We’ve all heard the stories of people from New York who have never been to see the Statue of Liberty. Or D.C. denizens who’ve never set foot in the Lincoln Memorial. Sad but true, we get so caught up in the new-car smell of a vacation to never-visited places that we often overlook the charms of the communities where we live.
Too many of us in Kansas City, even, have to plead guilty to that charge. But here’s something residents and guests alike can do about it, and it doesn’t even require a staycation—you can build these attractions into your free time almost all year long. So slow down, enjoy one bite at a time of the best that this region has to offer.
We’ll start with some iconic places, the ones that define Kansas City either visually or historically, or speak to its character. There are others, of course, and you may find them, especially if they’re free. We also know that no matter what we include, some places that should be here, according to some, aren’t. You’ll also note that this is pretty Kansas City-centric. There are great places in the suburbs here—the Nerman Museum of Contemporary Art at the Johnson County Community College or the Deanna Rose Farmstead in Overland Park come quickly to mind—but we’ve focused more on the central city area itself.
So regard this as simply a good start to all things Kansas City.
Although we don’t pay enough attention to our rivers in Kansas City—we’ve talked about developing that waterfront for eons, but there sits all that empty acreage—learning more about the Missouri River is well worth your time. The Steamboat Arabia, stopped forever by a river snag in 1853, was eventually covered over in silt as the river flooded and changed course. Over 130 years later, its contents were dredged up, cleaned, and are now displayed in a remarkable full-size reproduction of the boat’s main deck, including a 28-foot paddlewheel that still turns as part of the museum. The boat may be gone, but a very complete picture of the past lives on. Leave time for wandering in the City Market area; there’s a fabulous bakery, as well as several other homey restaurants. Planter’s Seed on Walnut is just as fun, especially for gardeners and cooks who love spices.
The National World War I Museum at Liberty Memorial. The war was raging a century ago, and it made a huge impact on the world we live in today, whether you realize it or not. Not only did that conflict set up the world’s current Middle East configuration, its aftermath affected much more than boundary lines. And it is probably the most interesting museum in a town full of good ones, with affecting films that provide the background to the amazing exhibits and interactive displays. Experience what the trenches felt like; understand the repercussions of disastrous decisions; make your own decision on the impact of the Great War. Current exhibits include segments on American volunteers who signed up for action before the U.S. was drawn into the war, “Images of the Great War,” featuring artistic depictions of military offensives, and “Sand to Snow,” exploring the roots of war on a global scale.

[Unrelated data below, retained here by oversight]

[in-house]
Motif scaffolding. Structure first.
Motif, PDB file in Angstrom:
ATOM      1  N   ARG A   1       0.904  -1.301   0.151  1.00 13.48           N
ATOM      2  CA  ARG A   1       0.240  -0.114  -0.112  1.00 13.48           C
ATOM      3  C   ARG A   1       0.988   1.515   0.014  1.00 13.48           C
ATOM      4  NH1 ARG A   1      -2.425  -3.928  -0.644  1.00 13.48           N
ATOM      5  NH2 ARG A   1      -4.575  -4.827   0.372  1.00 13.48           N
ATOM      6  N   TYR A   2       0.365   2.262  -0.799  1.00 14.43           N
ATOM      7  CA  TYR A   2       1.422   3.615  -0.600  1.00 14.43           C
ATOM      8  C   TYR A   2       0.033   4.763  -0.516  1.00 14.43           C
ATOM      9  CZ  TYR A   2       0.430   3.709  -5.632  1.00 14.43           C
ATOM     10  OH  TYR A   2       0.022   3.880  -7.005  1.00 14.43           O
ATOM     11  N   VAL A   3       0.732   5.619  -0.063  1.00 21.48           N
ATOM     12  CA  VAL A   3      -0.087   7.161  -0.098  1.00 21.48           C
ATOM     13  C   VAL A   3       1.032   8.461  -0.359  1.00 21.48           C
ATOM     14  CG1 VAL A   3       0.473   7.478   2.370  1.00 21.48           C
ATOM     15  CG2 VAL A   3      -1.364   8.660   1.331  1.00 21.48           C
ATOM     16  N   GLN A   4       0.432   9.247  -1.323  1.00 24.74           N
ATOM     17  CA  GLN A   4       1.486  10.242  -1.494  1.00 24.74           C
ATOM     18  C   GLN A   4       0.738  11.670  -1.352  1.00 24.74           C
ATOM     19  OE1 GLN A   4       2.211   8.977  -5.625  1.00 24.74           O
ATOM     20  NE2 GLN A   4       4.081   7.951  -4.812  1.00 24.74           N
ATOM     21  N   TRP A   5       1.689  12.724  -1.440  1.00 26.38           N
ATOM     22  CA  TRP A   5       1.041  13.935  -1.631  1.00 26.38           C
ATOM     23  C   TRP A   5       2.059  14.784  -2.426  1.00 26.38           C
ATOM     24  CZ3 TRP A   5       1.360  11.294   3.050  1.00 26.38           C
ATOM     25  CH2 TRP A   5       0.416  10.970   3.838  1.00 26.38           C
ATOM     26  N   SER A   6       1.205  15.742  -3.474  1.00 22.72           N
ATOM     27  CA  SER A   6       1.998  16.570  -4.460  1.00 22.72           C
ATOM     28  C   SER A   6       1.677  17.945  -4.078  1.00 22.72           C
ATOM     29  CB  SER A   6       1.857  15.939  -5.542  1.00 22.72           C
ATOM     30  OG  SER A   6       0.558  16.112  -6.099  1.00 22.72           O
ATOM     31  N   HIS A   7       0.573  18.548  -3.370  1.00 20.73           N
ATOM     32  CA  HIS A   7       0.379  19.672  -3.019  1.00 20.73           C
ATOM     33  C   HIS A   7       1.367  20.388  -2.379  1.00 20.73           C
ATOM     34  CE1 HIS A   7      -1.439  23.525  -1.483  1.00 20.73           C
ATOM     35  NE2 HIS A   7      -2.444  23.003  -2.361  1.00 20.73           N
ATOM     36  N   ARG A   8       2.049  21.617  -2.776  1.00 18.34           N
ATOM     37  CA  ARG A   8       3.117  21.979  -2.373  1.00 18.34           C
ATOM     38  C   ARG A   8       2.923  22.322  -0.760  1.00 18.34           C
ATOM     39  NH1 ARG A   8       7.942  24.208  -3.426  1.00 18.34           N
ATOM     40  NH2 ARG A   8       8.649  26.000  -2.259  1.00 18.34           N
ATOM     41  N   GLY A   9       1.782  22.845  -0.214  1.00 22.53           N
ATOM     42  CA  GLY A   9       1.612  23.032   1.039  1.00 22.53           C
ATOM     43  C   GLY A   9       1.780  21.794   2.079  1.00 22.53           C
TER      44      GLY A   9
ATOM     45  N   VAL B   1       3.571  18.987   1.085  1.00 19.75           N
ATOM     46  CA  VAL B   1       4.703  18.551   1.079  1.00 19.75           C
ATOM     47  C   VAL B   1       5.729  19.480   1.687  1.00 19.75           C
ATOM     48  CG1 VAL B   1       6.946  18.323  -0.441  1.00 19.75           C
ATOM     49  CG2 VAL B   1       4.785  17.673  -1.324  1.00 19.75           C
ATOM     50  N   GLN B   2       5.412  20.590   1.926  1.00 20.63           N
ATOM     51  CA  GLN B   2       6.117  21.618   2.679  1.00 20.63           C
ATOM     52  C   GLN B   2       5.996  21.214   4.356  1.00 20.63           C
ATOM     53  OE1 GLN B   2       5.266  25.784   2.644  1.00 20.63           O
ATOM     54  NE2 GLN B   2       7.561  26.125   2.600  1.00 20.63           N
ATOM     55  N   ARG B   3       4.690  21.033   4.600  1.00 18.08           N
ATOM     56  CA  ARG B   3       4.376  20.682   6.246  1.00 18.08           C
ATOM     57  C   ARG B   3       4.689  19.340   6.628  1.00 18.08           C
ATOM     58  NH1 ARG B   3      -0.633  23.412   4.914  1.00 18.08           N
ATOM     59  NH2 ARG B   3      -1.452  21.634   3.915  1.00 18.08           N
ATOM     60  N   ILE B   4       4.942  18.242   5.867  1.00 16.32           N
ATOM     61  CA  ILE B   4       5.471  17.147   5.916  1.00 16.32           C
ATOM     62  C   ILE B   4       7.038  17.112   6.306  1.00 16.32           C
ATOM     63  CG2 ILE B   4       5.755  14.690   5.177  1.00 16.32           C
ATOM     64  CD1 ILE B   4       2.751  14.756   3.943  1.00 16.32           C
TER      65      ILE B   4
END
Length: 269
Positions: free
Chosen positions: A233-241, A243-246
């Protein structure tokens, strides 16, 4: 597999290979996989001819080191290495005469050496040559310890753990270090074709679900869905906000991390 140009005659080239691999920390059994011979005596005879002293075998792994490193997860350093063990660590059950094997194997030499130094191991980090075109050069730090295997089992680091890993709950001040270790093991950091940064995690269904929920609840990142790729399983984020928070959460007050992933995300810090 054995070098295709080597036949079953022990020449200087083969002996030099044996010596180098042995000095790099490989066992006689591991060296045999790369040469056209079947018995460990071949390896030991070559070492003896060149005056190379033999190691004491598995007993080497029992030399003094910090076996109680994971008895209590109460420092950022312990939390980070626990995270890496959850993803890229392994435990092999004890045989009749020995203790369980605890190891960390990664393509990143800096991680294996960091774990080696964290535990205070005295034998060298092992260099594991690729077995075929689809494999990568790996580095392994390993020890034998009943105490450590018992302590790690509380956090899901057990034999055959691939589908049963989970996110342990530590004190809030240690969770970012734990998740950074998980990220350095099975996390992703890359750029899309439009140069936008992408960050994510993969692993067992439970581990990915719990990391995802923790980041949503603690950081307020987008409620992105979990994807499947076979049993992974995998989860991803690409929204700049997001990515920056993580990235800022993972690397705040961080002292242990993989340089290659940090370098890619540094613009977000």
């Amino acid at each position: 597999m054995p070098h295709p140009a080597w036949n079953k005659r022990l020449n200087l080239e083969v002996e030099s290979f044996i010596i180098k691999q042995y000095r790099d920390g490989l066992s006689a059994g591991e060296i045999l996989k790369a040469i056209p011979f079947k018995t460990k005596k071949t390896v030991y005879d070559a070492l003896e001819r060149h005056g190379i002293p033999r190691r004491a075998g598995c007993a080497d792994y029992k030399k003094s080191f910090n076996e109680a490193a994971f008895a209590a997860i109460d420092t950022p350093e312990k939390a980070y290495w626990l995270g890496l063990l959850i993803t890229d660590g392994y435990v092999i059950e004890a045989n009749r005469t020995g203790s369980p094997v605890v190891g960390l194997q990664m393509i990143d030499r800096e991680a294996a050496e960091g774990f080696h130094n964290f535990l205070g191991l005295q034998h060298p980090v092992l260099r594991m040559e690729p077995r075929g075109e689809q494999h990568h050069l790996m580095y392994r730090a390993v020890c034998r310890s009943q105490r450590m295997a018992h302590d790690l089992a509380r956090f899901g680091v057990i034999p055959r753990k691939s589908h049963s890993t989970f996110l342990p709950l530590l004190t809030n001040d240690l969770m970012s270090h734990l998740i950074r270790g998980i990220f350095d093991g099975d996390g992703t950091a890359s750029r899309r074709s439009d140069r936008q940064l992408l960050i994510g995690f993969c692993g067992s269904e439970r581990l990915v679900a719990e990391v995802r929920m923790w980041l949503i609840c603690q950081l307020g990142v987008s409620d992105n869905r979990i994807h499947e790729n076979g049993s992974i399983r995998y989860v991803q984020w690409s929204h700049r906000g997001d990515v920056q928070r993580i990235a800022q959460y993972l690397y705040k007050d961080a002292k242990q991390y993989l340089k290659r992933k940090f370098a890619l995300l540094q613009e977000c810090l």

If you go to the World War I museum, make sue to budget time for Union Station, right across the street. This beautifully restored 1914 Beaux Arts edifice was the way-station for more than one million travelers during the next world war that came along. Its 95-foot ceilings and nearly 1 million square feet house a variety of exhibits and permanent displays including the Rail Experience for train buffs (you don’t have to be one to enjoy this). Science City for the kids, a planetarium, theaters, restaurants, a chocolate shop, coffee and gift shops. A post office is here—and yes, you can still hop a train here, as well.
Still got time left in your day? The age-defying Crown Center remains a shopping and dining mecca, with substantial fast-food locations but also the Crayola Café, Milano, excellent sushi at Kabuki, and Streetcar Named Desire or Fritz’s for hamburgers—the latter in a tub delivered by a train. The only 4-star Kansas City restaurant is here, The American. There are both live and movie theaters. The addition of LegoLand Discovery Center, for children 3-10 years who must accompany their adult companion for entry, and the Sea Life aquarium, for kids of any age who want to see more than 5,000 sea creatures, greatly added to the fun in this area when they opened in 2012.